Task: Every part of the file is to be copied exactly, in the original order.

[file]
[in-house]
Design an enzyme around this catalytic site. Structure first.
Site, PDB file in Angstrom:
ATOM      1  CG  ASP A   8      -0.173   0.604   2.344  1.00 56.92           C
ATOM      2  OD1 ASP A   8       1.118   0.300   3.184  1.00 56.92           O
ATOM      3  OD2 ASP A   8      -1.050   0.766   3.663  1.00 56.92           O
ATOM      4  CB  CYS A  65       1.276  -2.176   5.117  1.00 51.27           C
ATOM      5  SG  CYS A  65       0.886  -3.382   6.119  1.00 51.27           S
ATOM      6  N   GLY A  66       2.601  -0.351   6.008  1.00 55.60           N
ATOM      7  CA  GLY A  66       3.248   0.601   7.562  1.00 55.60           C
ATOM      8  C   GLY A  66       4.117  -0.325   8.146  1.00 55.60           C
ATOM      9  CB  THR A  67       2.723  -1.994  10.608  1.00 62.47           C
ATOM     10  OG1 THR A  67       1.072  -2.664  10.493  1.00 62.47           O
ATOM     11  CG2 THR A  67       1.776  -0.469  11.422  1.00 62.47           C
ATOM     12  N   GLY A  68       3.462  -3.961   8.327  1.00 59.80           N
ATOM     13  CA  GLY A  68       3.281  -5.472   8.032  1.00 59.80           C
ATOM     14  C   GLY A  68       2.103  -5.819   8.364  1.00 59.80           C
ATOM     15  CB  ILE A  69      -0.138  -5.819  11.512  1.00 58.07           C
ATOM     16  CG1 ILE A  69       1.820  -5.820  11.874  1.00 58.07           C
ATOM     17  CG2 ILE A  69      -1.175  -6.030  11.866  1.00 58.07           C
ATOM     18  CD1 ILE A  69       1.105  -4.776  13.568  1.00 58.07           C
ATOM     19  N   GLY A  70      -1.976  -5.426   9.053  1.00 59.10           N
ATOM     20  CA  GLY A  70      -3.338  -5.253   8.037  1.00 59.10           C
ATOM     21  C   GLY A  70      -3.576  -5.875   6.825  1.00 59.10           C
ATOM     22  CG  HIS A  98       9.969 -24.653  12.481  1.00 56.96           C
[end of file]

[in-house]
Design an enzyme around this catalytic site. Structure first.
Site, PDB file in Angstrom:
ATOM      1  CG  ASP A   8      -0.173   0.604   2.344  1.00 56.92           C
ATOM      2  OD1 ASP A   8       1.118   0.300   3.184  1.00 56.92           O
ATOM      3  OD2 ASP A   8      -1.050   0.766   3.663  1.00 56.92           O
ATOM      4  CB  CYS A  65       1.276  -2.176   5.117  1.00 51.27           C
ATOM      5  SG  CYS A  65       0.886  -3.382   6.119  1.00 51.27           S
ATOM      6  N   GLY A  66       2.601  -0.351   6.008  1.00 55.60           N
ATOM      7  CA  GLY A  66       3.248   0.601   7.562  1.00 55.60           C
ATOM      8  C   GLY A  66       4.117  -0.325   8.146  1.00 55.60           C
ATOM      9  CB  THR A  67       2.723  -1.994  10.608  1.00 62.47           C
ATOM     10  OG1 THR A  67       1.072  -2.664  10.493  1.00 62.47           O
ATOM     11  CG2 THR A  67       1.776  -0.469  11.422  1.00 62.47           C
ATOM     12  N   GLY A  68       3.462  -3.961   8.327  1.00 59.80           N
ATOM     13  CA  GLY A  68       3.281  -5.472   8.032  1.00 59.80           C
ATOM     14  C   GLY A  68       2.103  -5.819   8.364  1.00 59.80           C
ATOM     15  CB  ILE A  69      -0.138  -5.819  11.512  1.00 58.07           C
ATOM     16  CG1 ILE A  69       1.820  -5.820  11.874  1.00 58.07           C
ATOM     17  CG2 ILE A  69      -1.175  -6.030  11.866  1.00 58.07           C
ATOM     18  CD1 ILE A  69       1.105  -4.776  13.568  1.00 58.07           C
ATOM     19  N   GLY A  70      -1.976  -5.426   9.053  1.00 59.10           N
ATOM     20  CA  GLY A  70      -3.338  -5.253   8.037  1.00 59.10           C
ATOM     21  C   GLY A  70      -3.576  -5.875   6.825  1.00 59.10           C
ATOM     22  CG  HIS A  98       9.969 -24.653  12.481  1.00 56.96           C